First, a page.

Opposing Bill C-31 on Regugee Rights Day April 4 2012 – MEDIA RELEASE


April 4th is Refugee Rights Day in Canada—marking the day the Supreme Court recognized the rights of refugees to fair hearings, and other Charter rights ensured to Canadians. Bill C-31, currently before parliament, threatens these rights.

Rainbow Refugee is deeply concerned that Bill C-31 undermines the chances for LGBT refugee claimants to receive a fair decision. Canada was among the first countries to grant refugee protection to people facing persecution because of their sexual orientation or gender identity. Twenty-one countries now do so. This protection is vital in a world where lesbian gay bi trans people face criminal sanctions in no fewer than 76 countries, and the death penalty in at least five.

If Bill C-31 passes, the Minister of Citizenship and Immigration, Jason Kenney will be able to create a list of “designated” countries, presumed safe. People from these designated countries will not have the right of appeal. In a brief to parliamentarians, Rainbow Refugee states, “A “safe” country list cannot accommodate the current state complexity and flux in persecution and protection of lesbian gay gi trans (LGBT) people. Extreme forms of homophobic and transphobic violence often co-exist with constitutional protection for LGBT people on paper, particularly in newer democracies. South Africa recognizes same-sex marriage. Yet, human rights organizations there report ten cases a week in which lesbians have been targeted for “corrective rape” and police have done nothing to investigate.”   As Rainbow Refugee founder Chris Morrissey argues “It is precisely when country conditions appear safe on paper that LGBT refugee decisions are most complex, and the safety net of an appeal is most critical.”

Research on LGBT refugee settlement conducted by Dr. Sharalyn Jordan, Assistant Professor of Counselling Psychology at Simon Fraser University, and an active member of Rainbow Refugee, suggests that the expedited timelines proposed in Bill C-31 may undermine the ability of LGBT claimants to present their case. Jordan points out “LGBT refugees have left countries where they have been under surveillance, arrested, imprisoned, extorted, assaulted, and for some, tortured, because of their sexuality or gender identity. Survival has required remaining hidden and vigilant.  These survival tactics do not disappear on arrival. Shame related to stigma, and the impacts of sexual trauma can interfere with claimants’ ability to give a clear, coherent account.” Proving a sexual orientation or gender identity that they have struggled to keep secret is challenging for LGBT claimants. Rainbow Refugee remarks that refugee claimants have been sent back to harm because they have been unable to prove their identity, or demonstrate that the harms they face constitute persecution. Bill C-31 shortens the time refugee claimants have to prepare a written claim from 28 days, to 15 days.  Hearings will be scheduled only 30 days later for people from designated countries, and 45 days later for others.  The expedited time-frame proposed in the background to C-31 will not give LGBT claimants a fair chance to obtain competent legal counsel, prepare themselves, or their evidence. Rainbow Refugee fears that many LGBT claimants will be inadequately prepared for hearings, resulting in poor decisions and unfair rejections.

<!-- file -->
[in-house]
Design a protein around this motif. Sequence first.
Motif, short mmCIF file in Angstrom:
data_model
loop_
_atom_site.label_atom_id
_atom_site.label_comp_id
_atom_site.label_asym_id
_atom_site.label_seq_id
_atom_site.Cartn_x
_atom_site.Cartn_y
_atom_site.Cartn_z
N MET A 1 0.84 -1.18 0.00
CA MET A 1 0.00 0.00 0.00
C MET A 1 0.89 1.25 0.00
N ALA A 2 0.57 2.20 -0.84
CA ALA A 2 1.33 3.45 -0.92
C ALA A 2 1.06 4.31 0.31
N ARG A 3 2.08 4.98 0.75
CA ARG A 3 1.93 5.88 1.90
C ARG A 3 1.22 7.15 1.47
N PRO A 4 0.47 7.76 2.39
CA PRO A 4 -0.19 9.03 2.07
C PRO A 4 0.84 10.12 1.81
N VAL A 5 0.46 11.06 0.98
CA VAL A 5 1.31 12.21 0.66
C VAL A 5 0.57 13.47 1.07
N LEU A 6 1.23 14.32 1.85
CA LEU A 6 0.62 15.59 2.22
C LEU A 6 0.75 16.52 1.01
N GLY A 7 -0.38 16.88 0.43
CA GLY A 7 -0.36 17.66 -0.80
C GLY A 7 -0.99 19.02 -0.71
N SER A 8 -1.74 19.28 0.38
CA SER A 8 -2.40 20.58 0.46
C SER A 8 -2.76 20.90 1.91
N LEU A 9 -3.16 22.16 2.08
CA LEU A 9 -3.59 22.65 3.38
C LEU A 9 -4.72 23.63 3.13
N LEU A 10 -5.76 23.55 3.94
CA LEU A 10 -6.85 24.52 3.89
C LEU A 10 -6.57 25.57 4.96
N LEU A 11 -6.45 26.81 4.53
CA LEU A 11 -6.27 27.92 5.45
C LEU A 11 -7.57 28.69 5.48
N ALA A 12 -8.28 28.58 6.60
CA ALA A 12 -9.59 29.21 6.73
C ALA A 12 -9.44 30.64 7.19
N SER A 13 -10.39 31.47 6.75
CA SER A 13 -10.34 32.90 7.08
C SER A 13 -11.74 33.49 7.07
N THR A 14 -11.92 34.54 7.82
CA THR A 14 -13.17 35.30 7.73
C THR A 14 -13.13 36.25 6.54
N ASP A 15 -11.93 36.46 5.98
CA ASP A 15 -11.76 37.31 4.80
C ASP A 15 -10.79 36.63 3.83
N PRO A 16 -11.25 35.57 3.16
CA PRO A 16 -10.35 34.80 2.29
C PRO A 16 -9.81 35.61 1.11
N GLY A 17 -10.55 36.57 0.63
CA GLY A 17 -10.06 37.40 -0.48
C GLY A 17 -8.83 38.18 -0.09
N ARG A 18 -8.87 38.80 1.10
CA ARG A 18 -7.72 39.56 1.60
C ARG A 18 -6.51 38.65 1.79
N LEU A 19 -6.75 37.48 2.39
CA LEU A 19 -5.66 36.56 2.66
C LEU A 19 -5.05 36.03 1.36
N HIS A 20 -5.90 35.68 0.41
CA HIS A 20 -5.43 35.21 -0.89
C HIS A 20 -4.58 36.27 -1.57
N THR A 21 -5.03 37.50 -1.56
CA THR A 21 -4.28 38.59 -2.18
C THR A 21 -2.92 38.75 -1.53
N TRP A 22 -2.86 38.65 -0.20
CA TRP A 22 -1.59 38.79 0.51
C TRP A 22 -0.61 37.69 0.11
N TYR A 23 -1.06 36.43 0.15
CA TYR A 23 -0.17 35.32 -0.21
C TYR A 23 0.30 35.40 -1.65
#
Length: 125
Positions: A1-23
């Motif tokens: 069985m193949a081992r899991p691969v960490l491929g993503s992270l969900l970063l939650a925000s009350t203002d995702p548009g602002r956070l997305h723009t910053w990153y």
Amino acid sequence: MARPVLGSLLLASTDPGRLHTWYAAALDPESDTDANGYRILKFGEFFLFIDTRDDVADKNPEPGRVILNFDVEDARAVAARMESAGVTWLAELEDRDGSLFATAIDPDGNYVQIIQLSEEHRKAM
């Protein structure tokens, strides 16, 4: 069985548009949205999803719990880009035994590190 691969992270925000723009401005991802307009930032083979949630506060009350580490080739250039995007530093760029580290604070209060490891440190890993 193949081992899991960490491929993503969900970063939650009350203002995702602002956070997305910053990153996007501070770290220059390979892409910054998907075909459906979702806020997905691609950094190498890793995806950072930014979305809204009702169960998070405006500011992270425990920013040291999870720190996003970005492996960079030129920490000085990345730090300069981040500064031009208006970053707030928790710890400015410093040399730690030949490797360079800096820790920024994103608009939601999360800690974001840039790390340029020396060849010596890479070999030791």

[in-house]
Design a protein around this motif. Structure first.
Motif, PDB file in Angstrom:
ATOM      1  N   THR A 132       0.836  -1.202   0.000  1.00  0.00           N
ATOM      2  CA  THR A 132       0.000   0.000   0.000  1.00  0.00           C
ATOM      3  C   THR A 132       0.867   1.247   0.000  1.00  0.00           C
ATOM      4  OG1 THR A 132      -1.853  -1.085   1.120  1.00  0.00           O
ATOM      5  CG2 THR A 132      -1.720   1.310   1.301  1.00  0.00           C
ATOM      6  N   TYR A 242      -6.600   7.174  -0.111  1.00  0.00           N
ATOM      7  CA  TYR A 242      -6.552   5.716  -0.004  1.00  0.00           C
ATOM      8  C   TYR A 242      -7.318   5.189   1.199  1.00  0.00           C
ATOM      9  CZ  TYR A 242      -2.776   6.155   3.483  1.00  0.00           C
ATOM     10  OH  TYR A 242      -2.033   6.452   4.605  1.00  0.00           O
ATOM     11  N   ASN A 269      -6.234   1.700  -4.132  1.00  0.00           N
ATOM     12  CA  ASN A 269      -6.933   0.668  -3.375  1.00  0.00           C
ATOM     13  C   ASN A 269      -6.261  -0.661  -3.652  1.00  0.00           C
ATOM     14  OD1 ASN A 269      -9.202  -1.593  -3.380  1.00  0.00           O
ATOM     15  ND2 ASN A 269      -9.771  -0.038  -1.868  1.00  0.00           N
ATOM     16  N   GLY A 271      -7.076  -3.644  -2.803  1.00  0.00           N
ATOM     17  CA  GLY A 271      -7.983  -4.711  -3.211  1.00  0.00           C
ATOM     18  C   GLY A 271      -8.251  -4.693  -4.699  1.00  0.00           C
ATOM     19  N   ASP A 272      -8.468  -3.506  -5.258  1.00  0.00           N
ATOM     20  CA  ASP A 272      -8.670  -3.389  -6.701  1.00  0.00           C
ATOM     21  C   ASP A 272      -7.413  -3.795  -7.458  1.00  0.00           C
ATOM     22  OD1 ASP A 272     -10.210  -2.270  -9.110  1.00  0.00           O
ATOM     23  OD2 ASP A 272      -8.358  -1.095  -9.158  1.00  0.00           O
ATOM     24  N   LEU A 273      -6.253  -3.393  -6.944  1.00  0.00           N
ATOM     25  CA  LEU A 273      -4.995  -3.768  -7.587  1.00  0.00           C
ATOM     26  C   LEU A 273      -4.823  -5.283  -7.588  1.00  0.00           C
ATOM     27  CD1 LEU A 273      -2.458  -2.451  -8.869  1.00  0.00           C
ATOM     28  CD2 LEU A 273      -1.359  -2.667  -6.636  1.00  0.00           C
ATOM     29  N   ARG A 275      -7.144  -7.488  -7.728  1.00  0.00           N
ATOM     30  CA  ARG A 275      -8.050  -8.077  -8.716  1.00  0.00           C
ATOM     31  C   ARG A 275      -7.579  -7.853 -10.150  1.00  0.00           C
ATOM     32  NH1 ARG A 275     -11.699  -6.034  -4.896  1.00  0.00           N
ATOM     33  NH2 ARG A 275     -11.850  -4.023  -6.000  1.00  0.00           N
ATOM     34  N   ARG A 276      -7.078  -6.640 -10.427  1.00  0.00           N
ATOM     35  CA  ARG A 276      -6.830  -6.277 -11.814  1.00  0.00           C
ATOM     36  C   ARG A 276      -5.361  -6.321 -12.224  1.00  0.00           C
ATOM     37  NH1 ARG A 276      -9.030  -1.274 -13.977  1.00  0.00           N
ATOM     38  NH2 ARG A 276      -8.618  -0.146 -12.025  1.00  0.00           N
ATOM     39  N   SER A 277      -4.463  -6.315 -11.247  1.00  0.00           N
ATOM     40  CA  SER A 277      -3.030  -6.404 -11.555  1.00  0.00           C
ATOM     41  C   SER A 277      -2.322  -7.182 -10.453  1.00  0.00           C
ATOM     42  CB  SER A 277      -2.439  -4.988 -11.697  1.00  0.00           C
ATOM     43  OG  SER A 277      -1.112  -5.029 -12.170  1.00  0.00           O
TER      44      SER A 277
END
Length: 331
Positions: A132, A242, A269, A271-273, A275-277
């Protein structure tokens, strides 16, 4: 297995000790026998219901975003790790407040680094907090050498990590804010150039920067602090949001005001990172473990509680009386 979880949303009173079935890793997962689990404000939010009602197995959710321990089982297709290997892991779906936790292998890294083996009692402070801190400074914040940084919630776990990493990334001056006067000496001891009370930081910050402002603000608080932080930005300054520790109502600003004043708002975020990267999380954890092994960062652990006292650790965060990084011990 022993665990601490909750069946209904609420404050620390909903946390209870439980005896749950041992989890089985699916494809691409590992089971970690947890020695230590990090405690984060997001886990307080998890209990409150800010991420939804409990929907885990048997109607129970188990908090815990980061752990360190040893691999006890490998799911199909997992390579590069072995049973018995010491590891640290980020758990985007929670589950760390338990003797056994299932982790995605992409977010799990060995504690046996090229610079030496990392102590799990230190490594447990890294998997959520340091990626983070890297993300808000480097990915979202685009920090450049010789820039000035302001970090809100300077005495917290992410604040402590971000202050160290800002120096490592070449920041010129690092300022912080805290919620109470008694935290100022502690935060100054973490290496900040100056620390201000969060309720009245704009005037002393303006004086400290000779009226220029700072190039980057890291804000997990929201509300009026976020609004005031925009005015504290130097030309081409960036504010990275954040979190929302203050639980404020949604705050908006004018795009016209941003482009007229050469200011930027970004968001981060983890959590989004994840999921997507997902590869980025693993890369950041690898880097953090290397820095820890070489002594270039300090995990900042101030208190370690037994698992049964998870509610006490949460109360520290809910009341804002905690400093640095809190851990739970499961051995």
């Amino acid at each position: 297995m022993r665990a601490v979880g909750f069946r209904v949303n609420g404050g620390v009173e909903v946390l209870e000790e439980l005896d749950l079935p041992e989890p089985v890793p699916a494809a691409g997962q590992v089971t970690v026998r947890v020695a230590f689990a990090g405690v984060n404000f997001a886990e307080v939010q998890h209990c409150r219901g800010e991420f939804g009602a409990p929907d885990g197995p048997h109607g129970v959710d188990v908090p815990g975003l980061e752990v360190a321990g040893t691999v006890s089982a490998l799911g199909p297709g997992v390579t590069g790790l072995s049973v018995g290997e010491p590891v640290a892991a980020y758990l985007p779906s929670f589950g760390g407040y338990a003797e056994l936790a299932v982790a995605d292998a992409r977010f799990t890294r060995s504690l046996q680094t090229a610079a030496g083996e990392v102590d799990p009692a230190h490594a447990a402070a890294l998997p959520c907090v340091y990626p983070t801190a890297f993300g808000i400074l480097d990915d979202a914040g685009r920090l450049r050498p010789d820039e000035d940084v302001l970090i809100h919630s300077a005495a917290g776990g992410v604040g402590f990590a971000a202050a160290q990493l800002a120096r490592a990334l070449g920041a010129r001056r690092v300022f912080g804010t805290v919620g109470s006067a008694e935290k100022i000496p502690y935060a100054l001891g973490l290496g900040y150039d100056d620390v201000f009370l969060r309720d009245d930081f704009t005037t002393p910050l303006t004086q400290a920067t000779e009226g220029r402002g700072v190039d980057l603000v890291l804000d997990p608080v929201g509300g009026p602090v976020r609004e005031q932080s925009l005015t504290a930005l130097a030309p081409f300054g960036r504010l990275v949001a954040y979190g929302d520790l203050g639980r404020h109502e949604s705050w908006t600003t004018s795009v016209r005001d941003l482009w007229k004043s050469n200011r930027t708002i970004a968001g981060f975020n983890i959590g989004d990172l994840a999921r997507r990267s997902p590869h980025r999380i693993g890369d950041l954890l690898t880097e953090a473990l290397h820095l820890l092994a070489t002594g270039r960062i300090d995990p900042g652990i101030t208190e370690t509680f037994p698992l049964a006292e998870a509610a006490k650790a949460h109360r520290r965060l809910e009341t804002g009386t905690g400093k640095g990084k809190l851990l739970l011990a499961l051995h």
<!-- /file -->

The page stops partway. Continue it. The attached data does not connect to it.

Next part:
Humanitarian and Compassionate consideration is an important means of protecting people who are in danger, but whose circumstances may not meet the criteria for Convention Refugee protection.  This is the case for people fleeing homophobic or transphobic violence in countries where protection for LGBT persons is uneven and hard to access. However, Bill C-31 eliminates this safety net by placing a 12 month Ban on applications for permanent residence on humanitarian and compassionate (H&C) grounds and Pre-Removal Risk Assessment for refugee claimants who receive a negative decision. 

On April 4th, Refugee Rights Day, Rainbow Refugee (Vancouver, BC) is joining AGIR (Montreal, PQ) to lauch a facebook campaign, Where does Bill C-31 leave queer refugees?


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